[Wittrs] Re: Is Russell Overrated?

  • From: Ron Allen <wavelets@xxxxxxxxxxx>
  • To: wittrsamr@xxxxxxxxxxxxx
  • Date: Tue, 8 Mar 2011 10:06:14 -0800 (PST)

I can confess to having reviewed Russell's work on descriptions, logical 
atomism, and the correspondence theory of truth beginning a couple years ago. 
Sainsbury's book on Russell and Neale's book on Descriptions, I think, offer a 
pretty compelling story about his lasting contributions to philosophy. I didn't 
have that much regard for Russell before embarking on this project, but at the 
end, he was pretty high on my list.
For all its rough edges and impenetrable syntax and icky type theory, Principia 
Mathematica did show for the first time that all of mathematics was, in 
principle, reducible to "logic", plus a few nifty axioms from set theory. It 
wasn't what Russell and Whitehead (and Frege) had hoped for, but it did avoid 
the paradoxes and it did show that arithmetic and real analysis could be 
founded rigorously on the basis of logic and set theory. That's where we are 
today, in fact. Mathematics reduces to the notion of abstraction--as modeled by 
the concept of giving a name to a set of objects and identifying such 
collections by the elements that they contain. It's amazing that abstraction is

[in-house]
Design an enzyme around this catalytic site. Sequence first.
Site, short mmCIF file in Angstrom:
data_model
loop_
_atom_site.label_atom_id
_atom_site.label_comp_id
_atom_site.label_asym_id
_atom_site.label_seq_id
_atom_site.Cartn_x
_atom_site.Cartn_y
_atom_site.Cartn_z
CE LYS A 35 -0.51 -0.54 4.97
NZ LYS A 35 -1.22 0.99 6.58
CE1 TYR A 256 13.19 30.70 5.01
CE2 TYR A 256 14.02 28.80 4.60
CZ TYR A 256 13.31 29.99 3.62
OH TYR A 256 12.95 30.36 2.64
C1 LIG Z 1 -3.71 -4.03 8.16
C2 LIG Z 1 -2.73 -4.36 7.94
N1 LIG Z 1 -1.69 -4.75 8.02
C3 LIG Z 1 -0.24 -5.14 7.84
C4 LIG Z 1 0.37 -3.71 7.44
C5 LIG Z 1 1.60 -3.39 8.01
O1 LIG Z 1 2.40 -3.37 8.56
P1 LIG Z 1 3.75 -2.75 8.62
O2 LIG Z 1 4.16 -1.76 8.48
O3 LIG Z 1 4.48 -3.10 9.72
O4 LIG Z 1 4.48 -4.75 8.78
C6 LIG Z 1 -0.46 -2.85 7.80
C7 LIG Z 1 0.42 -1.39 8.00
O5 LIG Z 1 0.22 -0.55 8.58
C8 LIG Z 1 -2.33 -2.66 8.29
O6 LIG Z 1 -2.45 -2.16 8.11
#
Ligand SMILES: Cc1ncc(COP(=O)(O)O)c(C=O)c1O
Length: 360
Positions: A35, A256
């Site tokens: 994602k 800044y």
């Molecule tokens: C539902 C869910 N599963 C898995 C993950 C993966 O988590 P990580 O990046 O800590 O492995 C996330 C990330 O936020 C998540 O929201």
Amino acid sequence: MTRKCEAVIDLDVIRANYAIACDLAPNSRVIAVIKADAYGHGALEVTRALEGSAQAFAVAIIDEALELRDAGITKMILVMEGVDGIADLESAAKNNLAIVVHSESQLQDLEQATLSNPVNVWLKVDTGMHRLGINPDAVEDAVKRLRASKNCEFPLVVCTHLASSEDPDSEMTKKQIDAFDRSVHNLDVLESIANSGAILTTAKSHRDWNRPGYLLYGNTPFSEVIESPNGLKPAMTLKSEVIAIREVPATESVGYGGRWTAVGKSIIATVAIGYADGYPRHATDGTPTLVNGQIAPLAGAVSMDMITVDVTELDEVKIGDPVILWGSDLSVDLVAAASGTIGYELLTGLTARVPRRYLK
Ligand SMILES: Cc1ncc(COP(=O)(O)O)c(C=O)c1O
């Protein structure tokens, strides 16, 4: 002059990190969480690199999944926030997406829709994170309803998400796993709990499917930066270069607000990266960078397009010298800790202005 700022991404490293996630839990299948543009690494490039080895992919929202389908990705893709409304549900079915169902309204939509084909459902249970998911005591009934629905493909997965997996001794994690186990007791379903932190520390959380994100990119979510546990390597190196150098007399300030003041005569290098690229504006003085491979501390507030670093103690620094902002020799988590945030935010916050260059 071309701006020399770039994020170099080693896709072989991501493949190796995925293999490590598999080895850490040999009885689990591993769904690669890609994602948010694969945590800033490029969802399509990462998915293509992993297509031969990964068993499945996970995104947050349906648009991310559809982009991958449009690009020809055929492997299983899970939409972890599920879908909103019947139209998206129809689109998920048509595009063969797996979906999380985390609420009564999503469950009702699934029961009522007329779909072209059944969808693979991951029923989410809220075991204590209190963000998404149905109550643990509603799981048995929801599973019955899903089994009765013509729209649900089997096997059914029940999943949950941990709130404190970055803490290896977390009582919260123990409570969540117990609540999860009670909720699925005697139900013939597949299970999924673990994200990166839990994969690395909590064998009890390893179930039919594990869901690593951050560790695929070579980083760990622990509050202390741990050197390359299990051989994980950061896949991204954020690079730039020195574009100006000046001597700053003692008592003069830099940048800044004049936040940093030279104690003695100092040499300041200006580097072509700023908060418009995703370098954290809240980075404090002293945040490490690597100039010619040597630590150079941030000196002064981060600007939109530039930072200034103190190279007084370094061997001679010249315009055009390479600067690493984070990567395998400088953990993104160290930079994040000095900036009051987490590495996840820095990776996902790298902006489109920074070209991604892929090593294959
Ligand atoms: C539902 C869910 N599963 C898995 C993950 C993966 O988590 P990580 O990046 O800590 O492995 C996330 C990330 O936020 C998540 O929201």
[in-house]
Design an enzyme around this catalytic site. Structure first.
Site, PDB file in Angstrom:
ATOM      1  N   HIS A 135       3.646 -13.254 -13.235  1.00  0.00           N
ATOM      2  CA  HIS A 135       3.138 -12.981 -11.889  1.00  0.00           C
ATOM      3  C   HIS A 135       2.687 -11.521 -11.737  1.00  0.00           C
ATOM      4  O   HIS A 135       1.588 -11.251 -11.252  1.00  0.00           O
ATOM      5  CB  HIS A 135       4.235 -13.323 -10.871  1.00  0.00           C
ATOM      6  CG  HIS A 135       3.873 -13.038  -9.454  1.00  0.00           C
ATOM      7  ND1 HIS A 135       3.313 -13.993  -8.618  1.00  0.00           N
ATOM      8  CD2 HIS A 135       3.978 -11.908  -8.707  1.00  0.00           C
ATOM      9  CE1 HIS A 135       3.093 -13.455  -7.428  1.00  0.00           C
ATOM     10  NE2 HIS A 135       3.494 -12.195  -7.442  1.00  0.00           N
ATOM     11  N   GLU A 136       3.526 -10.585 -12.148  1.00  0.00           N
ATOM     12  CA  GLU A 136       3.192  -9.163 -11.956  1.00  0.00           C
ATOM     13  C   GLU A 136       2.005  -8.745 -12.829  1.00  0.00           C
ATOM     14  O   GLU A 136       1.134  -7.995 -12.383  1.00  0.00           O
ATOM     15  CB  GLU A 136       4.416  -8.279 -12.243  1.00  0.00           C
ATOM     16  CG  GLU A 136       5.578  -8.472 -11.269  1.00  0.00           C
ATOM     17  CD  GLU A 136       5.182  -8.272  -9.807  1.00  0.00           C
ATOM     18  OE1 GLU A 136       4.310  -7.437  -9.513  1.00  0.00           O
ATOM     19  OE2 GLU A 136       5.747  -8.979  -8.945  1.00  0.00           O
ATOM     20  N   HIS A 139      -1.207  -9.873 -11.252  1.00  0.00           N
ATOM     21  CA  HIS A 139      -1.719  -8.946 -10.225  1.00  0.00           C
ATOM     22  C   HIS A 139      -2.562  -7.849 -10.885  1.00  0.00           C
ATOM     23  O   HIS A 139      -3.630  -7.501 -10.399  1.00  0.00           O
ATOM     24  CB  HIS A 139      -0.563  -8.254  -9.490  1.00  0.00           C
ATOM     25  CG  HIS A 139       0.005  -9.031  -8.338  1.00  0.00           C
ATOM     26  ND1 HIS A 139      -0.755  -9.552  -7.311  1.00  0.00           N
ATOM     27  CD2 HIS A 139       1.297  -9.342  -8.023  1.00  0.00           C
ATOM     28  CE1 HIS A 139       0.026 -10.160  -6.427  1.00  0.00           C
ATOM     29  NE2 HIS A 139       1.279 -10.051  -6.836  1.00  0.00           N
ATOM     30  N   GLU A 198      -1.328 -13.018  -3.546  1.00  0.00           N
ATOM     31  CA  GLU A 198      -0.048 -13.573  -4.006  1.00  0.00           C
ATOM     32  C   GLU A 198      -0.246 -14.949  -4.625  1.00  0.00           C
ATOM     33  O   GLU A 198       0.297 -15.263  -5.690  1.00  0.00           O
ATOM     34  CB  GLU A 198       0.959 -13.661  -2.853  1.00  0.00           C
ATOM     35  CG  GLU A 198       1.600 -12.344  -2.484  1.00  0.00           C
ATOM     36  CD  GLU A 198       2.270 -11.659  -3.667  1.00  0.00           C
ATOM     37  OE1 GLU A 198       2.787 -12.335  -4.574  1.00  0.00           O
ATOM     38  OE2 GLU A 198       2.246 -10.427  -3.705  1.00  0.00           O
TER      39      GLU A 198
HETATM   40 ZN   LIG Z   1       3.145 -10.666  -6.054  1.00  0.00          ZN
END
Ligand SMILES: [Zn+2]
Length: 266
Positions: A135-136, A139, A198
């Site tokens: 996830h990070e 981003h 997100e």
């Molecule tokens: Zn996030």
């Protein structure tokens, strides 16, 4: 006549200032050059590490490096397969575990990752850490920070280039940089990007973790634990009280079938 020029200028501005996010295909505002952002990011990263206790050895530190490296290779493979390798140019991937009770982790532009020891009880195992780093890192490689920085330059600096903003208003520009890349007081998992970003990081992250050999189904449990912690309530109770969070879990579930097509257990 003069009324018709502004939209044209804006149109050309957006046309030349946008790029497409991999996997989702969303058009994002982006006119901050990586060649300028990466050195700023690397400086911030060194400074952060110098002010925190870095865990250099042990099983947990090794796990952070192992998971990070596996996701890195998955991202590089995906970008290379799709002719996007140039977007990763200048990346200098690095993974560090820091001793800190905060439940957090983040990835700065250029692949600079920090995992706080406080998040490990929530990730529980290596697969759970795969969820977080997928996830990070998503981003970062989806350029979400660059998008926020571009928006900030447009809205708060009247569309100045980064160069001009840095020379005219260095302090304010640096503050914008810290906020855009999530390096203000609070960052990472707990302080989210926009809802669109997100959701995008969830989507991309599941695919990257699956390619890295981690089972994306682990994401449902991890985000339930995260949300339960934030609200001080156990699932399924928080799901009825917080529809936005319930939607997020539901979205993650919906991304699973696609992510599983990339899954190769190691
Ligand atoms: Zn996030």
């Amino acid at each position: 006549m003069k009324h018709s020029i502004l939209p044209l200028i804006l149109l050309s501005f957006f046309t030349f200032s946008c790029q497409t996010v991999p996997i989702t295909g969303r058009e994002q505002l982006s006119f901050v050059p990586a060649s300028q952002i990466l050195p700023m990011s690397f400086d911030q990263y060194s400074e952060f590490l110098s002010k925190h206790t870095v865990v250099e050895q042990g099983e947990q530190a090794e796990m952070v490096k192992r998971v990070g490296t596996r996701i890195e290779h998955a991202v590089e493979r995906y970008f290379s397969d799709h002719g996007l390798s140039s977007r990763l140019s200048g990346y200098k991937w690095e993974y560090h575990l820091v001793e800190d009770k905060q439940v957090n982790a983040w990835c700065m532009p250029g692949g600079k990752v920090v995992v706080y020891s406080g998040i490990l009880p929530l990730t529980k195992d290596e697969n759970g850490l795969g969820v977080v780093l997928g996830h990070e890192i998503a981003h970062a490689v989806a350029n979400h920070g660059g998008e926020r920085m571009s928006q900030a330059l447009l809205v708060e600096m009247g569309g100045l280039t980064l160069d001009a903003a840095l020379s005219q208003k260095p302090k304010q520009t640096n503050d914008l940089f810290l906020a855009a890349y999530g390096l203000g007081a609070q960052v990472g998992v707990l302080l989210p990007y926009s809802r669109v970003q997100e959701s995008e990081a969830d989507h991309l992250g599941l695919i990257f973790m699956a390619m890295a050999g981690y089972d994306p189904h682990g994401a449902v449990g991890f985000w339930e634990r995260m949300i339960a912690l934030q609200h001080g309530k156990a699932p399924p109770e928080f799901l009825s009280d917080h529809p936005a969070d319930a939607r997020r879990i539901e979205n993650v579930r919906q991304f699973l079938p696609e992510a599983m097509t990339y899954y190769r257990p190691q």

this powerful, isn't it?
The wikipedia page on Principia Mathematica points out that the editorial board 
of the Modern Library ranked PM 23rd on its list of the 100 greatest 
non-fiction books of the 20th century. It's the highest of the philosophical 
works on the list (I'm not counting Wm. James's Varieties as philosophy). Oh, 
you might browse to the Mod Lib website and see the Readers' list, which, 
hmm..., puts something by Ayn Rand in the numero uno slot. Yeah, right: You 
almost get the impression that there was a libertarian web campaign behind this 
surprising tally.
Thanks & best regards, --Ron

--- On Tue, 3/8/11, walto <walterhorn@xxxxxxxxx> wrote:

From: walto <walterhorn@xxxxxxxxx>
Subject: [Wittrs] Re: Is Russell Overrated?
To: wittrsamr@xxxxxxxxxxxxx
Date: Tuesday, March 8, 2011, 4:02 AM

--- In Wittrs@xxxxxxxxxxxxxxx, Sean Wilson <whoooo26505@...> wrote:
> One of the things that I can't quite understand is what Bertrand Russell did 
> in
> philosophy that stood the test of time. Other than his theory of descriptions,
> what did history validate that belonged solely to him? His
> Wittgensteinian-influenced conception of logical atomism was problematic, his
> Principea Mathematica was flawed, etc. Outside of the theory of descriptions,
>  I'm wondering what Russell actually left us?

Hans-Johann Glock (a Witt devotee) has written:

"Some contemporary practitioners believe that the hallmark of analytic 
philosophy is its preoccupation with knockdown arguments.  This picture is 
lopsided.  Like Frege, Russell and Wittgenstein, Quine and Davidson are great 
analytic philosophers, not because they have provided a series of indisputable 
demonstrations, but because they have questioned deep-seated assumptions in a 
way that is striking, innovative and illuminating."

Russell's writings on acquaintance, "logical construction" and vagueness are 
more areas in which I think he said things that hadn't been said before.


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